Film study: Notre Dame WR commit Chase Claypool

Tyler James
South Bend Tribune

WR Chase Claypool, 6-5, 214; Abbotsford (B.C., Canada) Secondary.

The numbers: Claypool dominated in nearly every way possible for a skill position player during his senior season at Abbotsford. He caught 58 passes for 1,473 yards and 18 touchdowns. He rushed 47 times for 567 yards and eight touchdowns. He even completed six of his eight pass attempts for 103 yards and three touchdowns. On defense, Claypool tallied 74 tackles, five interceptions, two sacks and two fumble recoveries. He also returned two punts and one kickoff for touchdowns.

The rankings: Rivals – Four stars, No. 22 wide receiver. 247Sports – Four stars, No. 48 wide receiver.


First impression: Claypool can’t be contained against Canadian competition. He’s bigger, faster, stronger and simply better than anyone on the other side of the field. His traits make him an ideal candidate to be a big receiver or athletic tight end in college. His transition from Canada to Notre Dame will be fascinating to watch.

Strengths: Claypool is a big-bodied receiver with excellent athleticism. His ability to raise up in traffic and catch a pass at its highest point is impressive. He also shows tremendous concentration in making sure he hauls in the pass with multiple defenders near him. After the catch, Claypool doesn’t go down easy. He’s always looking for more yards. His shiftiness allows him to maneuver around slower defenders. Claypool has also shown a knack for playing defense. He’s not afraid of contact and is a sure tackler.

He did what? (:05) Claypool snags a catch over the head of a helpless cornerback. The catch itself is impressive, but Claypool manages to keep his balance when he lands for his leap and finishes off the play with a long touchdown … (:51) The defense tries to discourage Abbotsford from throwing to Claypool by lining up two defensive backs in his path. It doesn’t work. Instead, the ball is launched his way and Claypool makes the catch by reaching higher sandwiched between the two defenders … (2:16) Claypool shows his elusiveness on a screen pass. He cuts behind his blockers crossing the middle of the field and avoids the traffic. A couple defenders corner Claypool against the sideline but he sidesteps the first one and spins away from the second defender. Eventually Claypool runs out of real estate and is forced out of bounds.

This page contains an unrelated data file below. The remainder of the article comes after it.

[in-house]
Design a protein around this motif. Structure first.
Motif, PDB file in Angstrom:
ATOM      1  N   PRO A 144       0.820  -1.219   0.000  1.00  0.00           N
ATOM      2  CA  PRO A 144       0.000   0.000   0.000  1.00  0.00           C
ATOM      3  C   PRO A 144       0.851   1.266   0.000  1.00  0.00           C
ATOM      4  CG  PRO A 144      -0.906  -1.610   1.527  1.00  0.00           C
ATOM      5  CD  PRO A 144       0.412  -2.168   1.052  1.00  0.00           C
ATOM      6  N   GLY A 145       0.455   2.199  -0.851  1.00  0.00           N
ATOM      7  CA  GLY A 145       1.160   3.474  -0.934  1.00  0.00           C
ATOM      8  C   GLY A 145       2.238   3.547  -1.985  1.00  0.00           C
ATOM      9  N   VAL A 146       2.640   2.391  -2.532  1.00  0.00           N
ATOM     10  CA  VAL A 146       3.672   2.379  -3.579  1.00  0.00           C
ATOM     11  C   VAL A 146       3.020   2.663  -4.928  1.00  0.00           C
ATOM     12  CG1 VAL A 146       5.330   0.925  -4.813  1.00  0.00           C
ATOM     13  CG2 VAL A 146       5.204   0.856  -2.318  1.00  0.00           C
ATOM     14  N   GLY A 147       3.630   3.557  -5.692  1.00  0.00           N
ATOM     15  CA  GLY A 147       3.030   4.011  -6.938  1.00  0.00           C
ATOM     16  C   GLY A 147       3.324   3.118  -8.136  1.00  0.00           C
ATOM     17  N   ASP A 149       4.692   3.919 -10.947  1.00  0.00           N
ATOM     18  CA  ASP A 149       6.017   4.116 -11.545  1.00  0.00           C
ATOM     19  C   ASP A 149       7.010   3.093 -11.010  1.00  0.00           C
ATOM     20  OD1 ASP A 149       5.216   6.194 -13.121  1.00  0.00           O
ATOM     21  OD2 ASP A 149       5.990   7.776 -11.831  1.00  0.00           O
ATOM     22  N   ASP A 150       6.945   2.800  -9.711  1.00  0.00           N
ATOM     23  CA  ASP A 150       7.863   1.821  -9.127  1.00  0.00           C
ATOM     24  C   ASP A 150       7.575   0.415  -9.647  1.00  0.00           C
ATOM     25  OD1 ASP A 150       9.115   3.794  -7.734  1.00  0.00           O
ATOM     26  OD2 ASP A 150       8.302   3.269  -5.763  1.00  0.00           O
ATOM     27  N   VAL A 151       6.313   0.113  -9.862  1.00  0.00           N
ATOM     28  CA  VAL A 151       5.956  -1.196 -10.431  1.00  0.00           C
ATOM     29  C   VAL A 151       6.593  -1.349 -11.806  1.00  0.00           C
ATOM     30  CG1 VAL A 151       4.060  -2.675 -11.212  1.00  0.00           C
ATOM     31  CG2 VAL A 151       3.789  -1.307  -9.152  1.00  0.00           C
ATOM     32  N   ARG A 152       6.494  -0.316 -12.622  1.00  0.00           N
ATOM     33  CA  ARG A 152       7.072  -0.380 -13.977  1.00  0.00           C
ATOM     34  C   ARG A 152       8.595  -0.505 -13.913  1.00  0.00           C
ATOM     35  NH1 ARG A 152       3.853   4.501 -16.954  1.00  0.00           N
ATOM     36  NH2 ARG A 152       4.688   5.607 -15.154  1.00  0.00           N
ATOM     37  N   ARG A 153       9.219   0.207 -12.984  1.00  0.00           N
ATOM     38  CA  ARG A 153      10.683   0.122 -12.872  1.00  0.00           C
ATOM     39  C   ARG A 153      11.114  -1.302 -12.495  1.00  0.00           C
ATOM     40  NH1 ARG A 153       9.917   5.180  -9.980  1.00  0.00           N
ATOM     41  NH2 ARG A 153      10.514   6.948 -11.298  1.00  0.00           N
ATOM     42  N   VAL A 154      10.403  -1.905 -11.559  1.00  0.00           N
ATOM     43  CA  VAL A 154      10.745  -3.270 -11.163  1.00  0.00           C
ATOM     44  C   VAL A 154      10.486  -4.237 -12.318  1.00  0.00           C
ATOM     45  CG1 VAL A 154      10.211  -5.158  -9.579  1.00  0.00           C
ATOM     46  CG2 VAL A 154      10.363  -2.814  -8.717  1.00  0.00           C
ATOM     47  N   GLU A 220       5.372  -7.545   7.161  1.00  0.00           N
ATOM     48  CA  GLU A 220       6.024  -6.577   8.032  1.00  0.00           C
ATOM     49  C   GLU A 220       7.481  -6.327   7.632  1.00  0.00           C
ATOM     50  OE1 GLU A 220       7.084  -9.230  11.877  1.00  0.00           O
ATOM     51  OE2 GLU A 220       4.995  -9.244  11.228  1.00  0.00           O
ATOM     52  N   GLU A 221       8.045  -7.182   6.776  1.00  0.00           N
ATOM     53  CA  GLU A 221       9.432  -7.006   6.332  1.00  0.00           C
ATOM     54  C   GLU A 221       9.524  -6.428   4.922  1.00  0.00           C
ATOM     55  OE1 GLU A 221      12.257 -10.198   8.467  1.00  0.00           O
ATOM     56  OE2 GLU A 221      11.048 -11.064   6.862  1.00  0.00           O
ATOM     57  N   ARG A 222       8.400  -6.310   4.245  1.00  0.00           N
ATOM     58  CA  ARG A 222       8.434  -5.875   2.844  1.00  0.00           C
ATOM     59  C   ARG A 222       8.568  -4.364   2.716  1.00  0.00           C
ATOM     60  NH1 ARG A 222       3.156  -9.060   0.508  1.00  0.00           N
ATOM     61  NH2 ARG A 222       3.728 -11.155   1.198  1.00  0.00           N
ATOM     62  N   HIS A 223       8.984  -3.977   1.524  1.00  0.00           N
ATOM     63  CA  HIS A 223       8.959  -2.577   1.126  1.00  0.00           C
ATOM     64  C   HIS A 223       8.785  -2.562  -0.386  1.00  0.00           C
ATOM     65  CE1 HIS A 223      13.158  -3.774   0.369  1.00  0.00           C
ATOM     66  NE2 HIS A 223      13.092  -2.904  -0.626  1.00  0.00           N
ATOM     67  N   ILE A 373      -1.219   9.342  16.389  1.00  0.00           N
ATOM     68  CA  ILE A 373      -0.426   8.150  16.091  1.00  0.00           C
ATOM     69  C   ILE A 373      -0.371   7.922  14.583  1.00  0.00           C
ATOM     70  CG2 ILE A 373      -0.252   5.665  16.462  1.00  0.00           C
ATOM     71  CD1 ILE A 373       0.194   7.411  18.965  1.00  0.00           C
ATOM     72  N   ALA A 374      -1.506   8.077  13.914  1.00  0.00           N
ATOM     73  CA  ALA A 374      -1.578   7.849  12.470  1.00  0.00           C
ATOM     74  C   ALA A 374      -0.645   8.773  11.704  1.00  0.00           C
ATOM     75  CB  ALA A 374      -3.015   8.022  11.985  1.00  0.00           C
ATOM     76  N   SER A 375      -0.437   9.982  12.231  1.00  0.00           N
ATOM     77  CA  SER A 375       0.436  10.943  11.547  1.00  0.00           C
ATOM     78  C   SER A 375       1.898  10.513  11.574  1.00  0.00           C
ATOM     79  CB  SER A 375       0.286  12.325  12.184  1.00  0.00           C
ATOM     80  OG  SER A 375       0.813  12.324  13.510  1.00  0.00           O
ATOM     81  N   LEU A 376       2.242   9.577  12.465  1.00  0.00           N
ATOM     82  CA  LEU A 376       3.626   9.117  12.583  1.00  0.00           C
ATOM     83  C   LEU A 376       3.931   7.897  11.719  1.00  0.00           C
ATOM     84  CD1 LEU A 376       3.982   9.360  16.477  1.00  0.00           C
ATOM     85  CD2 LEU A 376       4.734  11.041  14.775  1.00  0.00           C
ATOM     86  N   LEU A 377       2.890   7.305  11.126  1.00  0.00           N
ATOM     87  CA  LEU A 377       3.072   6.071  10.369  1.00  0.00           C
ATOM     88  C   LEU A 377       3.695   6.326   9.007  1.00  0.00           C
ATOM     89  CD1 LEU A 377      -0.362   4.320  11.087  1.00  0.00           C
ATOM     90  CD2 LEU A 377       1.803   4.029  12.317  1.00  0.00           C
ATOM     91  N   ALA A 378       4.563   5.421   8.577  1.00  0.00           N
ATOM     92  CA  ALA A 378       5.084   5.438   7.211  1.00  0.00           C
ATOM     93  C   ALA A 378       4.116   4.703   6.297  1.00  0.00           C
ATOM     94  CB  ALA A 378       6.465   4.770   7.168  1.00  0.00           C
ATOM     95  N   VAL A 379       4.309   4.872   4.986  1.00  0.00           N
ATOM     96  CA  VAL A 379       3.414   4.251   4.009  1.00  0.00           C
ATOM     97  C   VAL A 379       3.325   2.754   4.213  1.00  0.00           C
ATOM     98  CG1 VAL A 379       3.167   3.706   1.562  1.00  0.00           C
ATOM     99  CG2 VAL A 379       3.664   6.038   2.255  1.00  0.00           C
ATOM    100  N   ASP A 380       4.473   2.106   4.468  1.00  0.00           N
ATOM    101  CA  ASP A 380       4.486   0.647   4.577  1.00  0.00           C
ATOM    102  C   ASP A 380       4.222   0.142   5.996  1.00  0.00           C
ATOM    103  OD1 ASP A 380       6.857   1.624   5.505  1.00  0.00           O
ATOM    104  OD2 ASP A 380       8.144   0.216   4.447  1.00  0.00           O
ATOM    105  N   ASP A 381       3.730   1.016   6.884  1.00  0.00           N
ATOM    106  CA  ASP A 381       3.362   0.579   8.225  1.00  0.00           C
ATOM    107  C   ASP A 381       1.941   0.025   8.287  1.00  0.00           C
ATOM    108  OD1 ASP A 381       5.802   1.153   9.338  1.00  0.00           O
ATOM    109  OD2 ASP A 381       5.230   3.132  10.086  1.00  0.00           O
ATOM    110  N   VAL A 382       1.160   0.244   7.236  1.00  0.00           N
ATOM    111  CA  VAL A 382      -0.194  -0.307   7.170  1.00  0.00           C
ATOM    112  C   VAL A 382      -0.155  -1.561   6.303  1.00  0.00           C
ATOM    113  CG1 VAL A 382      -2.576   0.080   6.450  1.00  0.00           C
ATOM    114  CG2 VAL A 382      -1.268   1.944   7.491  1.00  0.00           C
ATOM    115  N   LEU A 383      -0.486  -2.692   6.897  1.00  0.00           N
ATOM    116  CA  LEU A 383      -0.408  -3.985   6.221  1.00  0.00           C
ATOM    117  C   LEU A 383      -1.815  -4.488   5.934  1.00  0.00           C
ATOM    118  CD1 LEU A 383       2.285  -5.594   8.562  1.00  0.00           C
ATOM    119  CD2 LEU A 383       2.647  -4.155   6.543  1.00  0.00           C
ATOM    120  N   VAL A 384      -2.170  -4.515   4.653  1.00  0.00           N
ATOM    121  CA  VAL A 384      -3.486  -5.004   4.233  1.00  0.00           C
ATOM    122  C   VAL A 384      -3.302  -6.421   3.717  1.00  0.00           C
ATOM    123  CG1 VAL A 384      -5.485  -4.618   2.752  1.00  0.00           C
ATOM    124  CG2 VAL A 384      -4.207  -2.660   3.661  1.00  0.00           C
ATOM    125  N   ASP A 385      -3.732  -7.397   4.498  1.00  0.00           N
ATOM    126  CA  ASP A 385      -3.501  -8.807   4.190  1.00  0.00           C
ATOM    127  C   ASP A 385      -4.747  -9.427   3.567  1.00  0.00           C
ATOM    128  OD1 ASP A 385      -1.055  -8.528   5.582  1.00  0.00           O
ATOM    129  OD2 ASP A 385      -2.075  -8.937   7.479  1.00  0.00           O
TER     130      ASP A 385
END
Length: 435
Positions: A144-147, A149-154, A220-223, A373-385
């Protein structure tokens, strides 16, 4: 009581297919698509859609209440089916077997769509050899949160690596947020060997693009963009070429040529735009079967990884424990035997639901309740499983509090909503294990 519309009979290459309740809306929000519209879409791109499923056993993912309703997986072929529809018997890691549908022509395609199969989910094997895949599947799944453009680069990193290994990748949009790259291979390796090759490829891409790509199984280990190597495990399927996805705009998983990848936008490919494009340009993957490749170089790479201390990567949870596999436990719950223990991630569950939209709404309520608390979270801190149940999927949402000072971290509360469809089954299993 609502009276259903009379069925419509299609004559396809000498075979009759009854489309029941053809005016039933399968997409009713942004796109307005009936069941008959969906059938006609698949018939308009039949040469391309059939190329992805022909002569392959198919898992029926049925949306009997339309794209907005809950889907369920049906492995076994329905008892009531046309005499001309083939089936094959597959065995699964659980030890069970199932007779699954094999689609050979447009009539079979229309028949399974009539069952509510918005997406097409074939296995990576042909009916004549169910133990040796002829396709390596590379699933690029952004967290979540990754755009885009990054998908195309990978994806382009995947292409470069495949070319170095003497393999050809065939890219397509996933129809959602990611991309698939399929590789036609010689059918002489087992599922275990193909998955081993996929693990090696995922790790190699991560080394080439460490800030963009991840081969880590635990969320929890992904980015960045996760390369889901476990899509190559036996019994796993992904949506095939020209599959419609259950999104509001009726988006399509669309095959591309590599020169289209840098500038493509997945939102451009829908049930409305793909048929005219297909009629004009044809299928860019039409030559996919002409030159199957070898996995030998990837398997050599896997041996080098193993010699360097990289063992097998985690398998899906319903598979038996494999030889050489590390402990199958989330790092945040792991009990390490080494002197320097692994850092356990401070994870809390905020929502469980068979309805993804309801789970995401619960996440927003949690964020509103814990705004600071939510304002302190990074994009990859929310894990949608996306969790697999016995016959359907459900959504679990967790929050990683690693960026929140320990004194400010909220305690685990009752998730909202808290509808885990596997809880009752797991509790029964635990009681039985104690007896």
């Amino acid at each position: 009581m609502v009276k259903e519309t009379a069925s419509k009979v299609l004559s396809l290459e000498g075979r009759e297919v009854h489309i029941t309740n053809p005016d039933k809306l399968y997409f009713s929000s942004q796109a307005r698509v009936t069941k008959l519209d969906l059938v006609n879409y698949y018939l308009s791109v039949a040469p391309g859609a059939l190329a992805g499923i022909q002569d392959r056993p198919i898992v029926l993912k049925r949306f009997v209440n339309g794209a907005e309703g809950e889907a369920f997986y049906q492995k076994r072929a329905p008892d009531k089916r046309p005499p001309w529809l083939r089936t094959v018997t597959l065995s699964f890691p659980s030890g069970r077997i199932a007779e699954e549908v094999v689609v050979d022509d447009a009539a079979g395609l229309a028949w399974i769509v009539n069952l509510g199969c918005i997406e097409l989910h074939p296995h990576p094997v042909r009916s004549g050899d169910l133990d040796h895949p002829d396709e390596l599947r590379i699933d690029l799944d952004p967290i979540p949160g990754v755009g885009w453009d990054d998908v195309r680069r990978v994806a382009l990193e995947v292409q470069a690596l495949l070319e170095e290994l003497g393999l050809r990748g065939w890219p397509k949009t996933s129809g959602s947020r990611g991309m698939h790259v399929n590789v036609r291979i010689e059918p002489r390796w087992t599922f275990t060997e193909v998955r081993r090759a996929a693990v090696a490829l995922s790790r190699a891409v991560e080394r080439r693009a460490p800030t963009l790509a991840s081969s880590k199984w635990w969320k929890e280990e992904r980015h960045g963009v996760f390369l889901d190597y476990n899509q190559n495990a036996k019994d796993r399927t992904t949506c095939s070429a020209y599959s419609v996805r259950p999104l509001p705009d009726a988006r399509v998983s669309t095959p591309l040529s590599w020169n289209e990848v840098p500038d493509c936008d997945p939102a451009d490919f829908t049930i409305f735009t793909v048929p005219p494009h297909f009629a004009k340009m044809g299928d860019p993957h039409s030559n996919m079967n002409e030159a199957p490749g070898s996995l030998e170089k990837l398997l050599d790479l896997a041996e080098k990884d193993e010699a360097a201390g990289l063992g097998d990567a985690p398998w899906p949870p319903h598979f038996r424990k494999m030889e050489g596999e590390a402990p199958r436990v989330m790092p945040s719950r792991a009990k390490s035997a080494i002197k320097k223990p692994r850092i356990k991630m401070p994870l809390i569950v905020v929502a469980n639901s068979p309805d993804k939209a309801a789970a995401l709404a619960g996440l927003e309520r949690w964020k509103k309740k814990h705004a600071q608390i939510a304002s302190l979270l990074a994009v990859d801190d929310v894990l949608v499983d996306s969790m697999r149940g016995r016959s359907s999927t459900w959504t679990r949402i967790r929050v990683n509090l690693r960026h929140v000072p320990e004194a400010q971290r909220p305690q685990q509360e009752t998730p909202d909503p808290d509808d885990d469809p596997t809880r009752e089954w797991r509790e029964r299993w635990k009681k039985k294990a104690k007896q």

Competition level: There’s little doubt that Claypool regularly played against competition that isn’t in the same class as him. But there was little he could do to find better competition in British Columbia, Canada. Claypool went out and performed to show the difference between himself and everyone else around him. When faced with better competition at The Opening last summer, Claypool was still able to get open and make catches against talented defensive backs. His size translates to any competition level.

Left to prove: The drastic difference between his high school competition level and Notre Dame will be the biggest storyline in Claypool’s development. It’s highly unlikely he’ll be able to make some of the plays he did at Abbotsford. But his physical gifts should get Claypool through the transition. His biggest areas of improvement as a wide receiver would come in the route running and speed departments. Crisper routes will be needed to create windows for quarterbacks to throw to Claypool. He possesses good speed for his size, but improving his burst off the line of scrimmage will help him.


Twitter: @TJamesNDI

Wide receiver Chase Claypool, a four-star recruit, committed to Notre Dame at The Opening Finals in Beaverton, Ore. (Photo courtesy for Student Sports)